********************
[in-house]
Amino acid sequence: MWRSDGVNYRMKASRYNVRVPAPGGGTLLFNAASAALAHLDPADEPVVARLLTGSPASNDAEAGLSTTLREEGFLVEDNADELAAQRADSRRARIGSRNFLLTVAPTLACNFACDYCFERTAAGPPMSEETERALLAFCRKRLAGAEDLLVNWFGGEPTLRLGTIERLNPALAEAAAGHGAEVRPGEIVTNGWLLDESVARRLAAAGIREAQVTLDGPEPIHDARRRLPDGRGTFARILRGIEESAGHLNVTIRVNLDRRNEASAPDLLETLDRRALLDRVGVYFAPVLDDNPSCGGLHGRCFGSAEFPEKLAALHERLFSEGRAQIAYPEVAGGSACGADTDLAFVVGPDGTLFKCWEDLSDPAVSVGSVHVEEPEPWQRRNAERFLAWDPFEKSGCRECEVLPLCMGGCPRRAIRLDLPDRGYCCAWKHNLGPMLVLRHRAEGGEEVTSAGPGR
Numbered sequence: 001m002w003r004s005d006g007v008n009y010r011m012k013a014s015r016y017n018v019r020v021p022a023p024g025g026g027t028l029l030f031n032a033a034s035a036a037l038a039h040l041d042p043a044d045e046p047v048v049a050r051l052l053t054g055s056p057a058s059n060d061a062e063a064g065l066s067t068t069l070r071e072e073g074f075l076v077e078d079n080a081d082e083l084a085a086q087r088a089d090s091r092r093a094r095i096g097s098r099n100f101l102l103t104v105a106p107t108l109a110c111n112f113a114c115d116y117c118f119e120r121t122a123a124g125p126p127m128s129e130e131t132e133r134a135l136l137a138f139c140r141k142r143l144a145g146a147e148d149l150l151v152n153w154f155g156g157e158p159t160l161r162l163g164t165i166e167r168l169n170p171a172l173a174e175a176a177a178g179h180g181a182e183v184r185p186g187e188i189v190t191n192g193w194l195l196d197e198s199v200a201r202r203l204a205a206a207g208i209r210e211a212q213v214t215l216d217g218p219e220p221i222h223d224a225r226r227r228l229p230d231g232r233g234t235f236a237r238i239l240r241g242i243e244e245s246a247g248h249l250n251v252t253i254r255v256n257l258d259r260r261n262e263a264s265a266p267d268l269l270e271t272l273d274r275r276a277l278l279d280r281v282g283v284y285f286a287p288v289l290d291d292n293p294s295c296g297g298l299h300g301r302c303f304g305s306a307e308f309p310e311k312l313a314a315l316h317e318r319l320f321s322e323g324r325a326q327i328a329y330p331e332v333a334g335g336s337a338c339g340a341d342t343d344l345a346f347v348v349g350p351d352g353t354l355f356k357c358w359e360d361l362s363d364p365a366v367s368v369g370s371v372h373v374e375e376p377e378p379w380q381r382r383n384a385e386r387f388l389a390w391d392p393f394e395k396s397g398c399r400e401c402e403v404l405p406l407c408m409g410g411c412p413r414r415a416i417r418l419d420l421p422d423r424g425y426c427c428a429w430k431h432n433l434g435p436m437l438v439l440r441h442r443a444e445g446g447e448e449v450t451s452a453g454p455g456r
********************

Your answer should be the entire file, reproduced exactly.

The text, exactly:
[in-house]
Amino acid sequence: MWRSDGVNYRMKASRYNVRVPAPGGGTLLFNAASAALAHLDPADEPVVARLLTGSPASNDAEAGLSTTLREEGFLVEDNADELAAQRADSRRARIGSRNFLLTVAPTLACNFACDYCFERTAAGPPMSEETERALLAFCRKRLAGAEDLLVNWFGGEPTLRLGTIERLNPALAEAAAGHGAEVRPGEIVTNGWLLDESVARRLAAAGIREAQVTLDGPEPIHDARRRLPDGRGTFARILRGIEESAGHLNVTIRVNLDRRNEASAPDLLETLDRRALLDRVGVYFAPVLDDNPSCGGLHGRCFGSAEFPEKLAALHERLFSEGRAQIAYPEVAGGSACGADTDLAFVVGPDGTLFKCWEDLSDPAVSVGSVHVEEPEPWQRRNAERFLAWDPFEKSGCRECEVLPLCMGGCPRRAIRLDLPDRGYCCAWKHNLGPMLVLRHRAEGGEEVTSAGPGR
Numbered sequence: 001m002w003r004s005d006g007v008n009y010r011m012k013a014s015r016y017n018v019r020v021p022a023p024g025g026g027t028l029l030f031n032a033a034s035a036a037l038a039h040l041d042p043a044d045e046p047v048v049a050r051l052l053t054g055s056p057a058s059n060d061a062e063a064g065l066s067t068t069l070r071e072e073g074f075l076v077e078d079n080a081d082e083l084a085a086q087r088a089d090s091r092r093a094r095i096g097s098r099n100f101l102l103t104v105a106p107t108l109a110c111n112f113a114c115d116y117c118f119e120r121t122a123a124g125p126p127m128s129e130e131t132e133r134a135l136l137a138f139c140r141k142r143l144a145g146a147e148d149l150l151v152n153w154f155g156g157e158p159t160l161r162l163g164t165i166e167r168l169n170p171a172l173a174e175a176a177a178g179h180g181a182e183v184r185p186g187e188i189v190t191n192g193w194l195l196d197e198s199v200a201r202r203l204a205a206a207g208i209r210e211a212q213v214t215l216d217g218p219e220p221i222h223d224a225r226r227r228l229p230d231g232r233g234t235f236a237r238i239l240r241g242i243e244e245s246a247g248h249l250n251v252t253i254r255v256n257l258d259r260r261n262e263a264s265a266p267d268l269l270e271t272l273d274r275r276a277l278l279d280r281v282g283v284y285f286a287p288v289l290d291d292n293p294s295c296g297g298l299h300g301r302c303f304g305s306a307e308f309p310e311k312l313a314a315l316h317e318r319l320f321s322e323g324r325a326q327i328a329y330p331e332v333a334g335g336s337a338c339g340a341d342t343d344l345a346f347v348v349g350p351d352g353t354l355f356k357c358w359e360d361l362s363d364p365a366v367s368v369g370s371v372h373v374e375e376p377e378p379w380q381r382r383n384a385e386r387f388l389a390w391d392p393f394e395k396s397g398c399r400e401c402e403v404l405p406l407c408m409g410g411c412p413r414r415a416i417r418l419d420l421p422d423r424g425y426c427c428a429w430k431h432n433l434g435p436m437l438v439l440r441h442r443a444e445g446g447e448e449v450t451s452a453g454p455g456r